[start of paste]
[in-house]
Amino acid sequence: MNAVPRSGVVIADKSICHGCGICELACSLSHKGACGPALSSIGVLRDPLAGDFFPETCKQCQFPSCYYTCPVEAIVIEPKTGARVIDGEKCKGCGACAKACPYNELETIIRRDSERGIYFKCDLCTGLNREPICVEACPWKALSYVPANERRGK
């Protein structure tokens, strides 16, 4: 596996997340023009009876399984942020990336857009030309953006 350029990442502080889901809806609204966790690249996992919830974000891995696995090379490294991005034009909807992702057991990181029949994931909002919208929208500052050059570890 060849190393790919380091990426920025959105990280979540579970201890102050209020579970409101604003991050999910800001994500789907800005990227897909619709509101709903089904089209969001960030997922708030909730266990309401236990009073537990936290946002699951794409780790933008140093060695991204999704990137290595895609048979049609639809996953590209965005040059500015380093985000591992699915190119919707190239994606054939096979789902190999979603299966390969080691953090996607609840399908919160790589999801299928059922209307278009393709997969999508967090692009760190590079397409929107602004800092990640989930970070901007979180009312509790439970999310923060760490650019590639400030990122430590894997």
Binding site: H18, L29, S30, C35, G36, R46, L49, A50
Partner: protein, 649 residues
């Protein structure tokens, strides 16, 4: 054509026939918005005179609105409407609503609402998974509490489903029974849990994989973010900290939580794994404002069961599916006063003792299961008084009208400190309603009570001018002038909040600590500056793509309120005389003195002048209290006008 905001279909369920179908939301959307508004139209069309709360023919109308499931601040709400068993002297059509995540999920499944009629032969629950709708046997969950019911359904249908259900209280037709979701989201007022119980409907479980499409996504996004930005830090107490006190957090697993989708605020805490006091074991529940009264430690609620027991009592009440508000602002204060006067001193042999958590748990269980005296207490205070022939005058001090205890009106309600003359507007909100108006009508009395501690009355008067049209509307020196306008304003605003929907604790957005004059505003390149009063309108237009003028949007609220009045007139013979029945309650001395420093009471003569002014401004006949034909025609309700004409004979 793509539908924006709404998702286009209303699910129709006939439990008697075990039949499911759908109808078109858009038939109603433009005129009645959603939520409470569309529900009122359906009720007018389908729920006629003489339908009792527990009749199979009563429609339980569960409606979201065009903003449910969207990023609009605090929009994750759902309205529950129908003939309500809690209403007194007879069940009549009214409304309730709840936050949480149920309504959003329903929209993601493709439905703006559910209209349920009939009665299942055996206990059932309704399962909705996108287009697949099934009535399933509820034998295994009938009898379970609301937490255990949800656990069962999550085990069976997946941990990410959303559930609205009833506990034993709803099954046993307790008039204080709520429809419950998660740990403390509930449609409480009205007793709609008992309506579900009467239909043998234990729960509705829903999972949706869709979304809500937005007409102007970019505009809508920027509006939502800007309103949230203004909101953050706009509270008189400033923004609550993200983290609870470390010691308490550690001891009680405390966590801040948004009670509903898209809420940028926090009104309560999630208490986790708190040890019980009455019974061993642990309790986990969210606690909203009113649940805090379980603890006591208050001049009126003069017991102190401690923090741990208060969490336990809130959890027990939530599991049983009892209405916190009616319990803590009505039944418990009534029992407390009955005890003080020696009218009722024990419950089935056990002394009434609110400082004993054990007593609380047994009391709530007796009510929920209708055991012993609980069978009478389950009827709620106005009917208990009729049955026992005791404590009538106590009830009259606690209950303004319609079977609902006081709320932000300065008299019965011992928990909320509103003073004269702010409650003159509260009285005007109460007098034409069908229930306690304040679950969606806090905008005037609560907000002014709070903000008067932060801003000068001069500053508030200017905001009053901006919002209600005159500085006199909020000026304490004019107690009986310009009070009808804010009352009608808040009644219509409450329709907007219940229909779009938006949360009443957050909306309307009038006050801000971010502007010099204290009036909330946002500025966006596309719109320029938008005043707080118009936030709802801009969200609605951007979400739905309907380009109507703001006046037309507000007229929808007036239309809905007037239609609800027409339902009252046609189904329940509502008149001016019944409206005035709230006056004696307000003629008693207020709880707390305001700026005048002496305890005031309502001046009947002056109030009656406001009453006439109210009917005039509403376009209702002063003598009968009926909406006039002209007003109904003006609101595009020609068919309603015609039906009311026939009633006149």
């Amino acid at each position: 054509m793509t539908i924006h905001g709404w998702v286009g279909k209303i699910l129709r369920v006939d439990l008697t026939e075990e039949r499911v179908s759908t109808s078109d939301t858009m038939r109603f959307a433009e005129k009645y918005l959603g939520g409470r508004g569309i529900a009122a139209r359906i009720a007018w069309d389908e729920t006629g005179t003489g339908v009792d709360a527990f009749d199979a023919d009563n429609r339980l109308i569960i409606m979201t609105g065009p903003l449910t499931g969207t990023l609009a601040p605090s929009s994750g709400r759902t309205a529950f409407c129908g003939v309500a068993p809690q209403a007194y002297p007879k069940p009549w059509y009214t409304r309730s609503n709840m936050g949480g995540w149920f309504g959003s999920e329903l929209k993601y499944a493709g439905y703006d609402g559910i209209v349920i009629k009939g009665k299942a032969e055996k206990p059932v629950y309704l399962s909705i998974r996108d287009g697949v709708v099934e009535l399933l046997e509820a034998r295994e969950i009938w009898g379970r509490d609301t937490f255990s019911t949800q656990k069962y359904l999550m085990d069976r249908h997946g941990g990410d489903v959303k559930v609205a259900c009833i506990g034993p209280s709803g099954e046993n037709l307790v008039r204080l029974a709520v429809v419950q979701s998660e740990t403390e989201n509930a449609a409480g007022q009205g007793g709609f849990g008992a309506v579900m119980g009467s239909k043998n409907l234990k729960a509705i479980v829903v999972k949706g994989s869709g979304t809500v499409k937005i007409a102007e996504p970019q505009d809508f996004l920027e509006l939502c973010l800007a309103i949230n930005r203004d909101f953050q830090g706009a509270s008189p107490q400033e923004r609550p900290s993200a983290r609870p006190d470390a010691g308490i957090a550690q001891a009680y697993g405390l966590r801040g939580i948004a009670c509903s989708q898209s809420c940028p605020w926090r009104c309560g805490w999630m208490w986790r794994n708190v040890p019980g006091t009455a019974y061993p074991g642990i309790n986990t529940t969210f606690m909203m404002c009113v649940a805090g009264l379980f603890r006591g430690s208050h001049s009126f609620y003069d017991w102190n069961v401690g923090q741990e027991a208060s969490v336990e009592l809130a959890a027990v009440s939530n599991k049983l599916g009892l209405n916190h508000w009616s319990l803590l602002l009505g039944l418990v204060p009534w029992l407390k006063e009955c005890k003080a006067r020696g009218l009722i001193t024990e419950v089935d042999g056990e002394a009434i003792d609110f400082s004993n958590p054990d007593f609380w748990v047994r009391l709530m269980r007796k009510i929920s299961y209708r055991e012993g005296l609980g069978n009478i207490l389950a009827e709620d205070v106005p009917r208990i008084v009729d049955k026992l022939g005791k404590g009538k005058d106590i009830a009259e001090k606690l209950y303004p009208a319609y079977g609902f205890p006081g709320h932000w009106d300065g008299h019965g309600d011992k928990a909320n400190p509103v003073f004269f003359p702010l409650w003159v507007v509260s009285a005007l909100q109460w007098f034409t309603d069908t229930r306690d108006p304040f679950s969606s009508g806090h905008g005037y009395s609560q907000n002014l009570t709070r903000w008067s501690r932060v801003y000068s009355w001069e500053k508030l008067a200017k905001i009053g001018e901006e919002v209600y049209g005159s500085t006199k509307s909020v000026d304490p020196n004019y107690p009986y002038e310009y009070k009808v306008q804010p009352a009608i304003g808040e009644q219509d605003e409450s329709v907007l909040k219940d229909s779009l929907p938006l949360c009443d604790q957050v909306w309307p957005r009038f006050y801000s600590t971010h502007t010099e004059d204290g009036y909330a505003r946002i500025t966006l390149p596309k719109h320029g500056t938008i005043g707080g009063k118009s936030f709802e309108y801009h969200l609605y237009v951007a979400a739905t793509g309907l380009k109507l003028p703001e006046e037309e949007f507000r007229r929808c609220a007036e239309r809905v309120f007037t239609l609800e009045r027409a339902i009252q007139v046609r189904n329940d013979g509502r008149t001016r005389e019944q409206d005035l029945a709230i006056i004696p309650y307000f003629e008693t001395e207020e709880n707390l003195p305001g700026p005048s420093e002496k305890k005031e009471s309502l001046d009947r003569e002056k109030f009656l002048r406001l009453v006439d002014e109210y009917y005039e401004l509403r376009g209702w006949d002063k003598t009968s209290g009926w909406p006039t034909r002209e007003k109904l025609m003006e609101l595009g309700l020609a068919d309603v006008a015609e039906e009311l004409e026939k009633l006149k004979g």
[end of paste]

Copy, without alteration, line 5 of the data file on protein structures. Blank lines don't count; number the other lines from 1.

Partner: protein, 649 residues